Modern biology is increasingly rich in data, such as the vast amount of genetic data that has led to the generations of thousands of genomic databases. However, these large datasets require appropriate analytical methods to yield statistically valid models that can make predictions. Artificial intelligence (AI) can be exploited to capture these large datasets and utilize them for early target identification and validation.
AI refers to the ability of a machine (such as a computer) to perform tasks in response to a range of environments. Machine learning (ML), a subset of artificial intelligence, uses algorithms that can learn and improve without reprogramming. To predict outcomes related to drug discovery, the machine requires algorithms to process existing data and identify patterns of properties. ML can be used in many stages of drug discovery. Validation of biological targets, the discovery of drug candidate molecules, identification of biomarkers predictive of the disease are some examples of areas where ML can be utilized.
As per Dean Ho, PhD, Provost’s chair professor at the National University of Singapore: “Drug discovery involves the identification of novel drug structures/compounds. This can be markedly accelerated using AI, and the ability for that novel compound to engage its target can also be improved and accelerated using AI.”
By using AI, a virtual compound library of several billion molecules can be screened, and preclinical candidates can be identified in a shorter time frame than conventional methods. John Mitchell, PhD, a theoretical chemist at the University of St. Andrews, says, “AI can help to make the drug discovery process more effective by doing lots of computations very fast, though not necessarily very accurately.” Mitchell enumerates that AI can assist drug discovery by:
- Linking genes to diseases
- Identifying proteins as therapeutic targets against these diseases
- Exhaustively evaluating the possibility of repurposing each known drug against every possible target for each known disease
- Quickly screening databases of millions of possible or existing drug-like molecules as possible medicines, eliminating those with poor ADMET (absorption, distribution, metabolism, excretion, and toxicity) and solubility (by doing fast chemoinformatics), identifying those which may be active (possibly by fast docking or pharmacophore searches)
- Prediction of possible side effects
- Linking the efficacy of therapeutics to human genetic variation both at the group and the individual level
Enhancing the path from drug concept to patients
Describing the role of AI in drug discovery, Ho says, “Firstly, it is important to note that there are multiple segments to bringing a drug to patients. Broadly speaking, they include drug discovery, drug development, and drug administration. These segments are often viewed as the same, but in fact, they are very different domains that can all be enhanced via AI, and must all be addressed properly and then seamlessly integrated in order to truly optimize how patients are treated.”
Dean elaborates further, “With regards to drug discovery, there is often a perception that a well-designed molecule will ultimately lead to a successful outcome and will make it to market. This is far from a guaranteed outcome since even promising drugs delivered at sub-optimal doses or in combination with the wrong companion therapies (combination therapy) can lead to – at a minimum – a suboptimal outcome, or commonly, poor outcomes and ultimately trial failure. As such, even good drugs delivered incorrectly will not work out. This is where drug development comes in. Drug development includes the processes of determining how to best co-deliver different drugs together as combinations, how to match patients to the right clinical trials to improve their chances of responding to treatment, and how to design clinical trials to best determine if the drug, in fact, improves outcomes. Emerging AI platforms (e.g. IDentif.AI, CURATE.AI, QPOP, etc.) are demonstrating that drug combination design can be optimized from extraordinarily large drug and dose spaces.”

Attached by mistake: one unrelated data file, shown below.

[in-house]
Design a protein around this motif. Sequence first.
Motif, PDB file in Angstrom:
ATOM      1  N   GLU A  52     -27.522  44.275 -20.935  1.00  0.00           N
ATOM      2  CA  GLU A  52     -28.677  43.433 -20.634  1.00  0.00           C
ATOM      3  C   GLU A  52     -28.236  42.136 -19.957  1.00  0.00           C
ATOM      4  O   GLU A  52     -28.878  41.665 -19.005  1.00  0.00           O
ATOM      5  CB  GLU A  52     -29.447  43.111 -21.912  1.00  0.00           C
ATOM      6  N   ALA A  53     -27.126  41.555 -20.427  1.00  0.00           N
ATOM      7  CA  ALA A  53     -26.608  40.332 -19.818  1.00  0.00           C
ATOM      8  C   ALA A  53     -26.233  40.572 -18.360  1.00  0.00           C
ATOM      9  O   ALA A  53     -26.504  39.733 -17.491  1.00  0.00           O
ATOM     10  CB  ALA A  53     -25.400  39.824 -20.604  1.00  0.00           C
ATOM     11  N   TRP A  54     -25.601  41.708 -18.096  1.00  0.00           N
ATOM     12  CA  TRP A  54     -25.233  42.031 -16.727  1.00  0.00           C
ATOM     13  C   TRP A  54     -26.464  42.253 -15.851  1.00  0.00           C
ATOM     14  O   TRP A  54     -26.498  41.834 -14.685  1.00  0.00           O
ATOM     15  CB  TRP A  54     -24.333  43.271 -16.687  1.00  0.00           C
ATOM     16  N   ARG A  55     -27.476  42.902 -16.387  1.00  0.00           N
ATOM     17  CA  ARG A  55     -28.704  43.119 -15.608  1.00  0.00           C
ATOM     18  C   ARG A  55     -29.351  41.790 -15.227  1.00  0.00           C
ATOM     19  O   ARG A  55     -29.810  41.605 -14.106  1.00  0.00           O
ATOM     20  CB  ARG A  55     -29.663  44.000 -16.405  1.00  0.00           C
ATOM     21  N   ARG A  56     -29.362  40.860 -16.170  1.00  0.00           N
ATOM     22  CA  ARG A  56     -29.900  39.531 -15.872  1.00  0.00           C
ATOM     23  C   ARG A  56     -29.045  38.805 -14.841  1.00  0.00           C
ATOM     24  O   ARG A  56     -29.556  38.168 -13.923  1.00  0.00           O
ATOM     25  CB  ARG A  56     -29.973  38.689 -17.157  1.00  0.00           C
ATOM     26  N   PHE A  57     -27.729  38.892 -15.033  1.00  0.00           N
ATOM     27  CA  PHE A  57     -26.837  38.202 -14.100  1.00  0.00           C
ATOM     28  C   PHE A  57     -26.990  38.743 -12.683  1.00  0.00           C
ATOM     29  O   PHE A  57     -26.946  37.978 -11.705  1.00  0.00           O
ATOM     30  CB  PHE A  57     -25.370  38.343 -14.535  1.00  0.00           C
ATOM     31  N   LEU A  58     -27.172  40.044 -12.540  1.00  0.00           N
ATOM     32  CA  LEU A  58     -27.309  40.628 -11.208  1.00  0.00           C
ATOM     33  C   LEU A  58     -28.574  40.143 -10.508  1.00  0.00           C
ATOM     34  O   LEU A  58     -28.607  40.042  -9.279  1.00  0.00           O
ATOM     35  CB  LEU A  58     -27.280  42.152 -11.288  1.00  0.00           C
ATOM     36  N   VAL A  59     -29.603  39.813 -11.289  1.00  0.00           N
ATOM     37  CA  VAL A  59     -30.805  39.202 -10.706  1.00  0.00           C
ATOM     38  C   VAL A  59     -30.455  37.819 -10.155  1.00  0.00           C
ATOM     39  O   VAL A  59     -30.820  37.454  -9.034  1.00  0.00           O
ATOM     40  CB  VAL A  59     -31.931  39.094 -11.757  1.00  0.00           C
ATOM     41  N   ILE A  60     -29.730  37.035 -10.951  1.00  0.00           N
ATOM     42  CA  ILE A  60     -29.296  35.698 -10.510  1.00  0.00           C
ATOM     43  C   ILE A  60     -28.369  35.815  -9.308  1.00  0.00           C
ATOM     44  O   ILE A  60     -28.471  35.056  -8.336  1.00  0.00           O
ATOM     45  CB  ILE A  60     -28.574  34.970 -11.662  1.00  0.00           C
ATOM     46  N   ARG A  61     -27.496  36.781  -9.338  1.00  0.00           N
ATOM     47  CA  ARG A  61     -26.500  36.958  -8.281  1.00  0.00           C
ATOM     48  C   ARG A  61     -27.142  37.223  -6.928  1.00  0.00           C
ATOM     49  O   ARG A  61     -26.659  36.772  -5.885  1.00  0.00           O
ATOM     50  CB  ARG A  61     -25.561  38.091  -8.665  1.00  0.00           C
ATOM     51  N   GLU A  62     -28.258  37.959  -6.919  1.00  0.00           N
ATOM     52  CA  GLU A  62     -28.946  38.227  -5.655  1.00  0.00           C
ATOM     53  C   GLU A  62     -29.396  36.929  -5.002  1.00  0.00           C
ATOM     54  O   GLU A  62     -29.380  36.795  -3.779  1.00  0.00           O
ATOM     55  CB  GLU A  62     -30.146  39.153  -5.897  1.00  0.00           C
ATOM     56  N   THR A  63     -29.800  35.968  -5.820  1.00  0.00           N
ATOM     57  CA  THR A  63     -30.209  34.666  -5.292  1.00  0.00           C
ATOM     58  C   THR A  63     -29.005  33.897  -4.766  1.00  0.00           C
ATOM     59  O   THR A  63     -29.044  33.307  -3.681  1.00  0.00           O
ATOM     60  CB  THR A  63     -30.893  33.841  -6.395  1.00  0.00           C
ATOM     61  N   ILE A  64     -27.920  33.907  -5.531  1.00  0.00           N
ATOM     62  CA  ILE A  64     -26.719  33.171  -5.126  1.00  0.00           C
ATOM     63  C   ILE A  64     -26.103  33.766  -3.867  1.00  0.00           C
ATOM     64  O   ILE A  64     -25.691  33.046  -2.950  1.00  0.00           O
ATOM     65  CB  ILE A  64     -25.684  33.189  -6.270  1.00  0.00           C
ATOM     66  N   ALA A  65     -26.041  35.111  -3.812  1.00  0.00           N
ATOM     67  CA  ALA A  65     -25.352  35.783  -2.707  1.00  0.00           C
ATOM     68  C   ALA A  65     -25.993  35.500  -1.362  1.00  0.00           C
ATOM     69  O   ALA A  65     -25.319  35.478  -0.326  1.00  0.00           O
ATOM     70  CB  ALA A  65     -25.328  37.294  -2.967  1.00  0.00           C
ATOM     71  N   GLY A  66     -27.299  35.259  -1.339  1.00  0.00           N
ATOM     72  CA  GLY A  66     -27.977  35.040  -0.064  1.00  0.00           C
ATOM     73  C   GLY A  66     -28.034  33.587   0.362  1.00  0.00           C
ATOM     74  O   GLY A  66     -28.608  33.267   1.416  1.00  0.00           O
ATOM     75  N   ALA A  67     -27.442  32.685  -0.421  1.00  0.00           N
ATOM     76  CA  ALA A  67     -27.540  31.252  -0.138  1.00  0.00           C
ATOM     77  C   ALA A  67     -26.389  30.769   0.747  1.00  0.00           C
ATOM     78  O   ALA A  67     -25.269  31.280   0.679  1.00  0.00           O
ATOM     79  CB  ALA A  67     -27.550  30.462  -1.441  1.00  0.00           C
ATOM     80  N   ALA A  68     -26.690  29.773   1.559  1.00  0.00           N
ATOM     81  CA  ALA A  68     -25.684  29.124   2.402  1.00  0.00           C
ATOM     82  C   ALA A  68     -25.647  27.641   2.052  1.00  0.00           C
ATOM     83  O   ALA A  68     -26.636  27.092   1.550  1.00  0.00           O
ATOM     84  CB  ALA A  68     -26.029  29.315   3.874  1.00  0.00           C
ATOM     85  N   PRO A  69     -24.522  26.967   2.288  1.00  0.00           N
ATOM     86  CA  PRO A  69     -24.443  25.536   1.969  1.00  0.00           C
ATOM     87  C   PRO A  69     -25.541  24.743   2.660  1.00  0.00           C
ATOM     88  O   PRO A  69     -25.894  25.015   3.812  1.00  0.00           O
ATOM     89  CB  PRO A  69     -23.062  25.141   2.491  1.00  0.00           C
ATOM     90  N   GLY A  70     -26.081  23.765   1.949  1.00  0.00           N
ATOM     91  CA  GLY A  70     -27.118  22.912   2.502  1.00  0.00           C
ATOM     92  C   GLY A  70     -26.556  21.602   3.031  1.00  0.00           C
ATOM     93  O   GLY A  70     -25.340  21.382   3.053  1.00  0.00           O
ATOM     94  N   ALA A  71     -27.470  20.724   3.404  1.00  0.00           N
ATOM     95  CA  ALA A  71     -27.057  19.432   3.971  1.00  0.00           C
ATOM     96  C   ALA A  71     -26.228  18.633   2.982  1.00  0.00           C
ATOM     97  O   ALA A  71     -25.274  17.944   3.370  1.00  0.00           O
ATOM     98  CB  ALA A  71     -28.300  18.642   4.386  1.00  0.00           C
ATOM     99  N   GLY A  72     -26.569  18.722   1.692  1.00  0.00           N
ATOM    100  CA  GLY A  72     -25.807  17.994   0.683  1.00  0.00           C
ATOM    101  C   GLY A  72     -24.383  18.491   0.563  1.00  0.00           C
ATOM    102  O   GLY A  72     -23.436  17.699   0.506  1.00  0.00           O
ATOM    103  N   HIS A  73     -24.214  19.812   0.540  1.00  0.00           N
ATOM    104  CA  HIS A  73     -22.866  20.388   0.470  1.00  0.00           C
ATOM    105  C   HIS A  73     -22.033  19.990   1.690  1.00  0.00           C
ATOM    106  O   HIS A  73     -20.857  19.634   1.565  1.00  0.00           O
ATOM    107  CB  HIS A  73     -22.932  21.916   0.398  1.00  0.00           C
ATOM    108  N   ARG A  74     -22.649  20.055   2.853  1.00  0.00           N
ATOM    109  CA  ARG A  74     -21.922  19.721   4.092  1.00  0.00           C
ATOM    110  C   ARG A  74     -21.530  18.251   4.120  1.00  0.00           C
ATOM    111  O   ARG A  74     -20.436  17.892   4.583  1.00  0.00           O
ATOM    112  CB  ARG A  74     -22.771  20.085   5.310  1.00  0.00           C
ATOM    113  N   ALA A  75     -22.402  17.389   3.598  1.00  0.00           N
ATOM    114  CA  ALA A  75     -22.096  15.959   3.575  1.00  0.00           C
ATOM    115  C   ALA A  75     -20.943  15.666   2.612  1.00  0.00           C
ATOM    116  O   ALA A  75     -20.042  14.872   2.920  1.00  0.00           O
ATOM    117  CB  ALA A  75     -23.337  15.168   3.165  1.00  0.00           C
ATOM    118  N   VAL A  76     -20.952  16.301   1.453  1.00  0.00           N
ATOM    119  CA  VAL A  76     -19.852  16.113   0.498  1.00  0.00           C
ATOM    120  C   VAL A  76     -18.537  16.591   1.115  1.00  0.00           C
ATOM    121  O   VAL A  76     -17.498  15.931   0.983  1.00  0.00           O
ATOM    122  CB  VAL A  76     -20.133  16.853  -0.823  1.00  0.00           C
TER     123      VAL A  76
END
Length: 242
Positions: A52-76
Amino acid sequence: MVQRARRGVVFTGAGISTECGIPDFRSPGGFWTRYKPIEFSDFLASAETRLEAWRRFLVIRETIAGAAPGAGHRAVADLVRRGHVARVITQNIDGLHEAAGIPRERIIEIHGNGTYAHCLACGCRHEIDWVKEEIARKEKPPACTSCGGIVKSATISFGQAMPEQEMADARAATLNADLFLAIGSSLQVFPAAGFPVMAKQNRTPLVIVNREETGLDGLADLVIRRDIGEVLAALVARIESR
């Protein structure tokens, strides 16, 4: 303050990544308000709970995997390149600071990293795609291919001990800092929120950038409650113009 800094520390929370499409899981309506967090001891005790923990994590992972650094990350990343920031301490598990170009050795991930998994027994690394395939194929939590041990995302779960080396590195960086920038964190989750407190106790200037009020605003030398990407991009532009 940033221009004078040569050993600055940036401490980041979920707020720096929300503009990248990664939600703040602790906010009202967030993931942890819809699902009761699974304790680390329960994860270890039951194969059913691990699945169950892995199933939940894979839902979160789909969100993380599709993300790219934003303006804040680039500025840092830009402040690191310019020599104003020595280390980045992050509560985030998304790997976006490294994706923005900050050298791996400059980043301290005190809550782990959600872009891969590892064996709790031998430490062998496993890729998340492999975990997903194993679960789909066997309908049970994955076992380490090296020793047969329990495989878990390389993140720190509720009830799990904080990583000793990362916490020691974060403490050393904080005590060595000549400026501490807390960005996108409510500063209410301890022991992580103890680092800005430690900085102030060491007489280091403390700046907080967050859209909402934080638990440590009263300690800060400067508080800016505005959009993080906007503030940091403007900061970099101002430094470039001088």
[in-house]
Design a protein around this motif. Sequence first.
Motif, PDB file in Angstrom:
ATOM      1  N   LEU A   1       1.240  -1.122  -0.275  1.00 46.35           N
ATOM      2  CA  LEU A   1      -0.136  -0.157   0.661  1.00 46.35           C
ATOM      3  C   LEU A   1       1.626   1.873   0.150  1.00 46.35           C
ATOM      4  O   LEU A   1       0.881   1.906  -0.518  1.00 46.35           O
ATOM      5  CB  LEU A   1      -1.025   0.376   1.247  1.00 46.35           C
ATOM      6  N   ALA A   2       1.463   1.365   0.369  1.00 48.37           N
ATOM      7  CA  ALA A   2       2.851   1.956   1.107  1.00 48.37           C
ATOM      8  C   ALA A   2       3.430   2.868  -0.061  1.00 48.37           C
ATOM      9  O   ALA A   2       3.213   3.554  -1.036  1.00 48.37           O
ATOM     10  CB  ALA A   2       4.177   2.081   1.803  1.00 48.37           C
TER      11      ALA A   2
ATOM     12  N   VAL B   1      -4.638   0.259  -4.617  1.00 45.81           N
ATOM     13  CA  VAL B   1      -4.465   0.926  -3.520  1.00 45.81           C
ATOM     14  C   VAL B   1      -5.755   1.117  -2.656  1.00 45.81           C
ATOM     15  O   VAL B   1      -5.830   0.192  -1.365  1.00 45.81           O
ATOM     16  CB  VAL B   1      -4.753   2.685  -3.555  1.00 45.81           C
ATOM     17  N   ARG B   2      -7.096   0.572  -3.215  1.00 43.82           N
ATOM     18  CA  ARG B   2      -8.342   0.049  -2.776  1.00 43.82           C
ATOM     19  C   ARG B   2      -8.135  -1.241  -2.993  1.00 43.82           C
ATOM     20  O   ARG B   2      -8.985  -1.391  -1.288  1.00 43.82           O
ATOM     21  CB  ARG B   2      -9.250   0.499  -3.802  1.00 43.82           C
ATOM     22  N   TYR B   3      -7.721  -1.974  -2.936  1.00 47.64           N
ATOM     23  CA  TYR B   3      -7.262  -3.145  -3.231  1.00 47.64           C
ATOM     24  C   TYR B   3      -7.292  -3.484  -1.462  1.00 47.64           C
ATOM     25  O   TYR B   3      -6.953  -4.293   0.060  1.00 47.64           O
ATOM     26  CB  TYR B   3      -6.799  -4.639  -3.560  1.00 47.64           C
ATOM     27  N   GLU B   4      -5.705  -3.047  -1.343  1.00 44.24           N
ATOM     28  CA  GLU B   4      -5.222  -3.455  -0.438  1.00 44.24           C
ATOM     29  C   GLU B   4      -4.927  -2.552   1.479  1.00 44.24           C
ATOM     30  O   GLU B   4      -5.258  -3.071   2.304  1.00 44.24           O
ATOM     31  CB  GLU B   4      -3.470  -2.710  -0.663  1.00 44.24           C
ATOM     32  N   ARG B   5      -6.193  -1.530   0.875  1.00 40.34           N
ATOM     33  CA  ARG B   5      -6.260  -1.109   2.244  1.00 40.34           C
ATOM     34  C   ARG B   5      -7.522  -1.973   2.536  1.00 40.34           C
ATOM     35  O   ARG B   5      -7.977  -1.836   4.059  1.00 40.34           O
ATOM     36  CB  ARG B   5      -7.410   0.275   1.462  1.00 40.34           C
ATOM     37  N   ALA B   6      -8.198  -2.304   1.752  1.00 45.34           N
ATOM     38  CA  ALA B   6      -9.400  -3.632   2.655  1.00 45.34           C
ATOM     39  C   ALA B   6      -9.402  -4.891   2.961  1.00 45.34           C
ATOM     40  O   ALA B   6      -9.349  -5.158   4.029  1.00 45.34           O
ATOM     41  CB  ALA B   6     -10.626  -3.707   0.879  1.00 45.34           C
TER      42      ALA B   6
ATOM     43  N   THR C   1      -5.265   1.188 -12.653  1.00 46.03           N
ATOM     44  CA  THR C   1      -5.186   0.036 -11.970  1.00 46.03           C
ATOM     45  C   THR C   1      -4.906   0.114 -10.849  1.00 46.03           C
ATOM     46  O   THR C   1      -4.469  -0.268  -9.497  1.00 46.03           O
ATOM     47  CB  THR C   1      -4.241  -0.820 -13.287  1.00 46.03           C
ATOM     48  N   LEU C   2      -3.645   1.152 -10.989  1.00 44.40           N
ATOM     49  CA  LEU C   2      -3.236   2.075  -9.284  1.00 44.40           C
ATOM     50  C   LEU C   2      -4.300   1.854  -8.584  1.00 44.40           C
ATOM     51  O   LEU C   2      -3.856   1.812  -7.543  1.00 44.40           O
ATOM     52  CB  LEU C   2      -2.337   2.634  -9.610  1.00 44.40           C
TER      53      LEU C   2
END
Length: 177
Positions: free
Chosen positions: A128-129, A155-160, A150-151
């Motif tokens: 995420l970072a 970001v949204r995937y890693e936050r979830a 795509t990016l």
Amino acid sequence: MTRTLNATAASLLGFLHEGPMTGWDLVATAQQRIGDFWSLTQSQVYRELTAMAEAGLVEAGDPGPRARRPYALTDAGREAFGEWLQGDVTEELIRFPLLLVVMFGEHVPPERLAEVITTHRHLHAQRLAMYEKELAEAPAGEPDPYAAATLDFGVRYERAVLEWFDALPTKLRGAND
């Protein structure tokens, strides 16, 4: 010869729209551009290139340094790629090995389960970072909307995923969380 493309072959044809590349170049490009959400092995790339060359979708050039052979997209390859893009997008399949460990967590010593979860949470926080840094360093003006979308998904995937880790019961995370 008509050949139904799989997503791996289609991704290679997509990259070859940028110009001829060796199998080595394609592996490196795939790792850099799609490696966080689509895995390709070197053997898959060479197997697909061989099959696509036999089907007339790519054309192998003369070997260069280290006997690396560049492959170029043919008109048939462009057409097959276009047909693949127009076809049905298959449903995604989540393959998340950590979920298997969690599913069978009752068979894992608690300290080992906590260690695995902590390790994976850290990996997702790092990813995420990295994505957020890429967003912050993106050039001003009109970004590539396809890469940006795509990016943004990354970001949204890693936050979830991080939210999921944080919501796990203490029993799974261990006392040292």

Automation in drug discovery – The hurdles
Biological systems are complex sources of information that are now being systematically measured and mined at unprecedented levels using a plethora of innovative technologies. While there are many observed benefits of implementing automation in drug discovery, there are significant impediments to its utilization. AI is a data-mining method – despite its specific application, systematic and comprehensive high-dimensional data needs to be generated and stored in a centralized manner. The quality of available data is also important; before performing specific AI tasks, refining the raw inputs for high-quality data is crucial. The need for investment to access AI technology is yet another challenge.
“AI-based drug discovery is promising, but there is a long way to go to ensure that these newly discovered molecules are developed properly. The different segments have to be united. In terms of downstream challenges, it is critical to unite stakeholders early on,” explains Ho.
Dr Ho also explains that “the field of AI and AI-based tech development will have to evolve to align with the changing needs in therapeutics. At some point, we’ll be able to move beyond solely relying on pre-existing data and algorithm training and prediction making.”
Adding a different perspective to the challenges of AI in drug discovery, Mitchell says, “There are plenty of (often smaller) companies and even academics doing this stuff already. The technical challenges are already being met. The most obvious risk is excessive hype and expectation. Technologies such as combinatorial chemistry and chemoinformatics have been initially over-hyped and subsequently underappreciated. Best practice use of AI shifts the odds favourably but isn’t a guarantee of immediate success. Drug discovery is an inherently risky and expensive business.”
The application of lab automation, robotics, and AI in drug discovery has taken tremendous strides in the past few years. Though the road to success is challenging, automation in drug discovery can help make quicker decisions and enable lifesaving drugs to reach the right person at the right time.
Originally posted by Neeta Ratanghayra